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of the enemy into Culpeper. During the night despatches were received from General Gregg, commanding a cavalry division guarding the upper fords of the Rappahannocking of the road from Robertson's Tavern. A division of cavalry, under Brigadier-General Gregg, was ordered to cross at Ely's Ford, and proceed on the Catharpin roadnth. The Fifth corps moved early in the morning after a slight delay to permit Gregg's division of cavalry to precede it on the plank-road. Gregg advanced as far aGregg advanced as far as Hope Church, where he had a severe engagement with the enemy's cavalry, in which he was successful in driving them, until they were strongly reinforced by infantry, when Gregg fell back, and was relieved by Major-General Sykes, commanding the Fifth corps, who by this time had been advised of the failure of the Third corps to cn their fronts at eight o'clock. The division of cavalry, commanded by Brigadier-General Gregg, held the plank-road in rear of the infantry, and repulsed several att
cceeded in penetrating an interval between General Gregg's brigade, on the extreme left, and that owere subsequently supported by the brigades of Gregg, Thomas, and Pender; also of Hill's division, the same time, he ordered Generals Branch and Gregg to march along the Shenandoah, and taking advas support with the brigades of Archer, Branch, Gregg, and Pender, the last of whom was placed on the flank, while Archer, supported by Branch and Gregg, moved upon the front of the Federal line. Thheavy fire of artillery, the three brigades of Gregg, Pender, and Archer attacked the enemy vigorouhind the interval between Lane and Pender, and Gregg's in rear of that, between Lane and Archer. Twood as far as Hill's reserve, and encountered Gregg's brigade. The attack was so sudden and unexpat brave soldier and true patriot, Brigadier-General Maxcy Gregg fell, mortally wounded. Colonel Hplore the loss of valuable lives. In Brigadier-Generals Gregg and Cobb the Confederacy has lost two[4 more...]
combat until reenforced by the brigade of General Gregg. We did not return to our original positih the foregoing is a copy, was found among General Gregg's papers. I am well acquainted with Generrations around Richmond can be found among General Gregg's papers. A. C. Haskell, Assistant Adjutahe river to communicate, if possible, with General Gregg. They there found Captain Harry Hammond, r of whose brigade we passed) presented to General Gregg a battle-flag, bearing upon its folds the , as skirmishers. We were then ordered by General Gregg to cross the stream and occupy the hills bon New Market road, July 14, 1862. Brigadier-General Maxcy Gregg, commanding Second Brigade, Light ., Second brigade, Light division. To Brigadier-General Gregg, commanding Second Brigade, Light DivHarbor. The division having crossed over, General Gregg was again put in the advance, and was orde Pee Dee artillery, July 14, 1862. Brigadier-General Maxcy Gregg, commanding Second Brigade: Gen[9 more...]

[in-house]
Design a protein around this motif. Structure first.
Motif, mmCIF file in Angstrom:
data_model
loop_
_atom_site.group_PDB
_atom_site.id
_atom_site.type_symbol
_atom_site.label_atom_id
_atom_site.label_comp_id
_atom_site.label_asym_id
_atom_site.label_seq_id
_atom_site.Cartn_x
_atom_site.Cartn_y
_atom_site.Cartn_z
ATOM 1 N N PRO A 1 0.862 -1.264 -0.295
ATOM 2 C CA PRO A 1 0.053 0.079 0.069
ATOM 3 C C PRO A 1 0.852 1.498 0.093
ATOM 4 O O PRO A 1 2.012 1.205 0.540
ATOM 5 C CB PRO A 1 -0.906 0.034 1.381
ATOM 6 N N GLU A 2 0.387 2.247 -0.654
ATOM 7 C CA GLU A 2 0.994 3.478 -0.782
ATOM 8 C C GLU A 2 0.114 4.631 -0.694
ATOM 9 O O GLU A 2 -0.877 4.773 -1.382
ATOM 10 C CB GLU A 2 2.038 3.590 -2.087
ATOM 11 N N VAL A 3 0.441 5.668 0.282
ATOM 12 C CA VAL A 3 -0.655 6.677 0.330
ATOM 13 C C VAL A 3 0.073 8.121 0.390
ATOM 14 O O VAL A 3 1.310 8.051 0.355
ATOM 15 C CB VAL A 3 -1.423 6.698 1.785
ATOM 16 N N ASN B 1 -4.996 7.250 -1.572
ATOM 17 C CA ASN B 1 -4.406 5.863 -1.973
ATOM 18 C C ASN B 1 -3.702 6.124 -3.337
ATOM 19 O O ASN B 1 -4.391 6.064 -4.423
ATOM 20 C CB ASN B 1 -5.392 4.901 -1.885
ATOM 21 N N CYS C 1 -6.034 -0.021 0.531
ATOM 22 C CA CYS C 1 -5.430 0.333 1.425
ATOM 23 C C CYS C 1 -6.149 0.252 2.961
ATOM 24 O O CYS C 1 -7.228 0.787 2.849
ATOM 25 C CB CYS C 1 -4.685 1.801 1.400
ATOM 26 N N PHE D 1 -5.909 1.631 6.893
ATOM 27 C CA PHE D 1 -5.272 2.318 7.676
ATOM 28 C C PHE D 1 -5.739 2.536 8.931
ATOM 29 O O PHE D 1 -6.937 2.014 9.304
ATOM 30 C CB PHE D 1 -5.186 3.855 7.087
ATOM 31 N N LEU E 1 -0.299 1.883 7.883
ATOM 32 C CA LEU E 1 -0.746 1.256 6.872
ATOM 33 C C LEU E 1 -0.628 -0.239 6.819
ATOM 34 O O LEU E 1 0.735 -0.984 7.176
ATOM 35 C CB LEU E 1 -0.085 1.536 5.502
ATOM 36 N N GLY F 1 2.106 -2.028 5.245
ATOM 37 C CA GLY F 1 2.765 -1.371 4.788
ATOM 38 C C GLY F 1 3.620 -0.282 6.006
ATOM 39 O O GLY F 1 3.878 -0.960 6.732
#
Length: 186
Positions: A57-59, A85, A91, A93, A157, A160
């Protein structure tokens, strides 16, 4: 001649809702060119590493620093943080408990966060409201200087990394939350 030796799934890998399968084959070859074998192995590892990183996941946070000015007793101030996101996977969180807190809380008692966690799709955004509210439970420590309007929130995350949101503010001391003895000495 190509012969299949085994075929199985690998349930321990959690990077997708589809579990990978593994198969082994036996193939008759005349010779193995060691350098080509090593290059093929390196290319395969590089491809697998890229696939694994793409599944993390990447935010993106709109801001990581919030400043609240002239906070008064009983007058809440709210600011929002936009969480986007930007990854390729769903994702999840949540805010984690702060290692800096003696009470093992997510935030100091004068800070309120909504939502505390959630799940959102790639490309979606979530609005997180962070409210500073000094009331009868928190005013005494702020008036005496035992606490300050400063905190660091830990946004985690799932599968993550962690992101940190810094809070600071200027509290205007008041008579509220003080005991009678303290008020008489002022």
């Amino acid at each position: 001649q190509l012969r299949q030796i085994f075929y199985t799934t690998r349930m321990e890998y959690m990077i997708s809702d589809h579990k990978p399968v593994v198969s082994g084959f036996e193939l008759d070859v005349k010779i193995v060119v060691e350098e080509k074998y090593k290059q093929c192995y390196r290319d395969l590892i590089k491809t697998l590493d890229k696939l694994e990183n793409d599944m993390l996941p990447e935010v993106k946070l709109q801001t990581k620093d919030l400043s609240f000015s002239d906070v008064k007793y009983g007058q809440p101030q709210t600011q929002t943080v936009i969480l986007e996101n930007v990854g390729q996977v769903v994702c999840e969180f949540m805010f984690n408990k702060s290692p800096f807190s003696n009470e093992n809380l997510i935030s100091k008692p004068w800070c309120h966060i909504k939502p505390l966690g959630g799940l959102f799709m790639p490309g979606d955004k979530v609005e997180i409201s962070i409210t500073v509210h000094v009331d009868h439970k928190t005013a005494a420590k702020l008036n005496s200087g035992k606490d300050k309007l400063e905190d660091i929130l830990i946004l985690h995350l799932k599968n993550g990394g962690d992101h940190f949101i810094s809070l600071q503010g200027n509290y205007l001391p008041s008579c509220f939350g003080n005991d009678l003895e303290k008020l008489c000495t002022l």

, I could take my division by a short road, by the ford at Holliday's Mill, and join him at any point he might designate. The reply I received was, that the trains had been ordered from the road, and to move immediately by the route first designated, as it was his intention to be in Culpeper Court-House that night. Moving before daylight, Lawton's, Taliaferro's, and other brigades were overhauled just as they were in motion. The enemy's cavalry having made some demonstrations on our left, Gregg was ordered to remain at the ford and protect the crossing of the trains, and as a guard on the march. My order of march was, Thomas, Branch, Archer, Pender, Stafford, and Field. Arriving within about six miles of Culpeper Court-House, the heavy firing in front gave notice that the battle had commenced. I was then directed by General Jackson to send a brigade to the support of Taliaferro, who was in line of battle on the right of the main road. Thomas was sent on this duty, and formed hi
me disorder and falling back. The brigades of Gregg, Thomas, and Pender were then thrown into the gain the crest of that hill, while Branch and Gregg were directed to march along the river, and, dl with infantry, but no artillery. Branch and Gregg were ordered to continue the march along the rns, and drove them back pell-mell. Branch and Gregg, with their old veterans, sternly held their gep cut, which furnished a strong defence. General Gregg's and Colonel Thomas's brigades of A. P. Hprepared for an attack near the railroad. General Gregg's brigade meeting the enemy there, this brheld in reserve, within supporting distance of Gregg's and Thomas's brigades. Night came on, and tof your command. Before I was relieved by General Gregg, I received from you another order to moveater in the day, was directed against Brigadier-General Gregg's brigade, which, forming the right owere posted from right to left, in this order: Gregg's, Field's, Thomas's, Branch's, Pender's, and [48 more...]